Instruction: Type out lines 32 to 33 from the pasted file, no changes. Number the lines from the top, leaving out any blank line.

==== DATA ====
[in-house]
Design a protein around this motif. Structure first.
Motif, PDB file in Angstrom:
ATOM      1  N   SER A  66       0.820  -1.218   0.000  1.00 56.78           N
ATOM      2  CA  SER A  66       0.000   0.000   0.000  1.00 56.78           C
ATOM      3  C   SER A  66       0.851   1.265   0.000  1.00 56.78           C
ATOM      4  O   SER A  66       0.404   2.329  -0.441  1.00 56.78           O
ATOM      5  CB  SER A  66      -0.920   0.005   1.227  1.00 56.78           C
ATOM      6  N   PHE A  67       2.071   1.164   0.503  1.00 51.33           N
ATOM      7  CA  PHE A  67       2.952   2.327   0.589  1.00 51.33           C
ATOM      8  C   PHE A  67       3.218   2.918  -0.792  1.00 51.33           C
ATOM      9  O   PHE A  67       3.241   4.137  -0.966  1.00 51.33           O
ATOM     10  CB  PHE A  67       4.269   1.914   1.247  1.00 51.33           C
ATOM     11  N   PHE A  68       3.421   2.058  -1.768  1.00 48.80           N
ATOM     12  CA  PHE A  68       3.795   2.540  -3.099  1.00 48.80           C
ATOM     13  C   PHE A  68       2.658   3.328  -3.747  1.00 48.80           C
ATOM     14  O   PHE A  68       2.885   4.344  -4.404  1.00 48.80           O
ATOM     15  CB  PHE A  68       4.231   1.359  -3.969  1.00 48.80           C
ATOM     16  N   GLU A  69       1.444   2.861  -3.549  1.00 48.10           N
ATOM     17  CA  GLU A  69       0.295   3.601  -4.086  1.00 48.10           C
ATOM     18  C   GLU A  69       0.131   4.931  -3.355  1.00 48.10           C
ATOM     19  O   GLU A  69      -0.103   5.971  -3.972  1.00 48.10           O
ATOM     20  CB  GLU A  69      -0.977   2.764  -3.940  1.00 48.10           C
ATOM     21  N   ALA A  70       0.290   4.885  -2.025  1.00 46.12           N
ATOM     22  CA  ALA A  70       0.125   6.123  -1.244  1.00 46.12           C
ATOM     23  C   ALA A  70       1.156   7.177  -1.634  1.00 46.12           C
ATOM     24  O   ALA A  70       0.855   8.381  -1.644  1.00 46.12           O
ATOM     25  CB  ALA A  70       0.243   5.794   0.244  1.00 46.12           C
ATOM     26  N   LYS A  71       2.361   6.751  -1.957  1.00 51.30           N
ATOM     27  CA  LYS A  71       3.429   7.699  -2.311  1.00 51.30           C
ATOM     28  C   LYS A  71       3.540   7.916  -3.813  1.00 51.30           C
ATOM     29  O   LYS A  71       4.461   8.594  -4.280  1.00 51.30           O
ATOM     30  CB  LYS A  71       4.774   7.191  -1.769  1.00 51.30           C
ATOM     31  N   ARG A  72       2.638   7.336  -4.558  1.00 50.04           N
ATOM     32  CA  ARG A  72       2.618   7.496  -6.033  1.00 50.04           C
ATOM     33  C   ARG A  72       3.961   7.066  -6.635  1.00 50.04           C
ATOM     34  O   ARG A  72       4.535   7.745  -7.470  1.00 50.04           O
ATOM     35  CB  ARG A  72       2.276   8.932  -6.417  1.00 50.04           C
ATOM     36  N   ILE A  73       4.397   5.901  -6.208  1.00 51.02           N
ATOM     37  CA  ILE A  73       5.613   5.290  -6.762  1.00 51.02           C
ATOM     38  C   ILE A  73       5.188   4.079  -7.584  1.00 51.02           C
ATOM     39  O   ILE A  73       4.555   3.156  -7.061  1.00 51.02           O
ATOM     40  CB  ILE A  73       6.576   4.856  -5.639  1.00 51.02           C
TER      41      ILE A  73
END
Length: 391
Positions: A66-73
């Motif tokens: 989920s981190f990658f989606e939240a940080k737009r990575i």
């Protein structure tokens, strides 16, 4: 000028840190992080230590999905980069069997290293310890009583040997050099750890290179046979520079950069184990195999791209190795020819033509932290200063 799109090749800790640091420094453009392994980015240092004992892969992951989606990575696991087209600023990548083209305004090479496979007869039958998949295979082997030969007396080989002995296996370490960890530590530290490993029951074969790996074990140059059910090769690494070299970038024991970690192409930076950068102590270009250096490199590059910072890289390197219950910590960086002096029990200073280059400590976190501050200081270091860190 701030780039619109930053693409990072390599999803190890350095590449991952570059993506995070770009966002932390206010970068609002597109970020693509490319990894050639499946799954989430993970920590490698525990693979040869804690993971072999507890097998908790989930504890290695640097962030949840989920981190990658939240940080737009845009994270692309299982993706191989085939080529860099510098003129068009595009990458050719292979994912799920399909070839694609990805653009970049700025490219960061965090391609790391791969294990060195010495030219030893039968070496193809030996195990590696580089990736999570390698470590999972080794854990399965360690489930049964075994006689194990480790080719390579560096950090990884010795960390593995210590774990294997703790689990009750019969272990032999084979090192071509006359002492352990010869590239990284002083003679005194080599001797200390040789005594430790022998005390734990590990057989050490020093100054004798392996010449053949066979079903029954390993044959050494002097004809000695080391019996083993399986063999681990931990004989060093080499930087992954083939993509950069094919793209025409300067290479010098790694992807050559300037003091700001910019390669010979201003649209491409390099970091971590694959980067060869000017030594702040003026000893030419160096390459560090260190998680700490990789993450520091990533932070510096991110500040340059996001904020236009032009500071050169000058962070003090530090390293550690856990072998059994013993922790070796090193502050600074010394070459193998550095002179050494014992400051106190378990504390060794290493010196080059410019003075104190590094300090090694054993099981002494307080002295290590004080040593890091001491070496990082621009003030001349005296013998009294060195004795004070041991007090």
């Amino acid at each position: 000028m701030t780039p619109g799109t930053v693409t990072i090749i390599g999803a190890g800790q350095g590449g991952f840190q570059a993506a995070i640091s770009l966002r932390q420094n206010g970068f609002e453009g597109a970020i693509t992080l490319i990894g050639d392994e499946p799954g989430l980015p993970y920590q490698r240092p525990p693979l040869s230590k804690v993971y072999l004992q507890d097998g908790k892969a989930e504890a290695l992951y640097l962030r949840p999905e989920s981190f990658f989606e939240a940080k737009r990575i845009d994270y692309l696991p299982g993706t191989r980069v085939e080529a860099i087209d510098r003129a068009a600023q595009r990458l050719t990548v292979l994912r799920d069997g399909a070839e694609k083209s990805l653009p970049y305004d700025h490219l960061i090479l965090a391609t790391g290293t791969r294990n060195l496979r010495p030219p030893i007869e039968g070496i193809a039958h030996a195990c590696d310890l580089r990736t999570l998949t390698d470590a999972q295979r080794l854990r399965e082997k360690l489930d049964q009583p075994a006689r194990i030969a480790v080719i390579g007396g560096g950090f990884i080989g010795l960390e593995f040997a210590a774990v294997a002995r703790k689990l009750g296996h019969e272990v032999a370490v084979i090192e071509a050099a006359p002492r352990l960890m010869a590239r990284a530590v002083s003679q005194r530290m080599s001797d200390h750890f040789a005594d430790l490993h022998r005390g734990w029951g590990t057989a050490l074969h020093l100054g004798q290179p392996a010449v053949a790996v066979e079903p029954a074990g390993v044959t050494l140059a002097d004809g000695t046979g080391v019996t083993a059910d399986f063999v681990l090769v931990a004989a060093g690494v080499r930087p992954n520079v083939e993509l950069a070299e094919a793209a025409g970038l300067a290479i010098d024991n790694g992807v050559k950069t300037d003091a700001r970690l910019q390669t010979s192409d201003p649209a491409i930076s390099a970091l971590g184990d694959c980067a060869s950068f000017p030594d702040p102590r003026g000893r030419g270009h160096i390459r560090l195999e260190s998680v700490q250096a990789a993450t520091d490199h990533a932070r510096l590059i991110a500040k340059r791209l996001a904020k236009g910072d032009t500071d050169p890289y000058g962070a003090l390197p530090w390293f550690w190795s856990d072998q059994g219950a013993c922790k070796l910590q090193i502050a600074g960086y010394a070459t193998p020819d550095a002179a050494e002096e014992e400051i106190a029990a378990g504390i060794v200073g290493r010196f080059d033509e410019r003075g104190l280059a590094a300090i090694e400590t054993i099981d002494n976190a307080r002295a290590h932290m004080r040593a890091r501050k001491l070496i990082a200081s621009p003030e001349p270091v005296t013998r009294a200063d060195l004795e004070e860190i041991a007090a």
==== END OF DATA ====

ATOM     29  O   LYS A  71       4.461   8.594  -4.280  1.00 51.30           O
ATOM     30  CB  LYS A  71       4.774   7.191  -1.769  1.00 51.30           C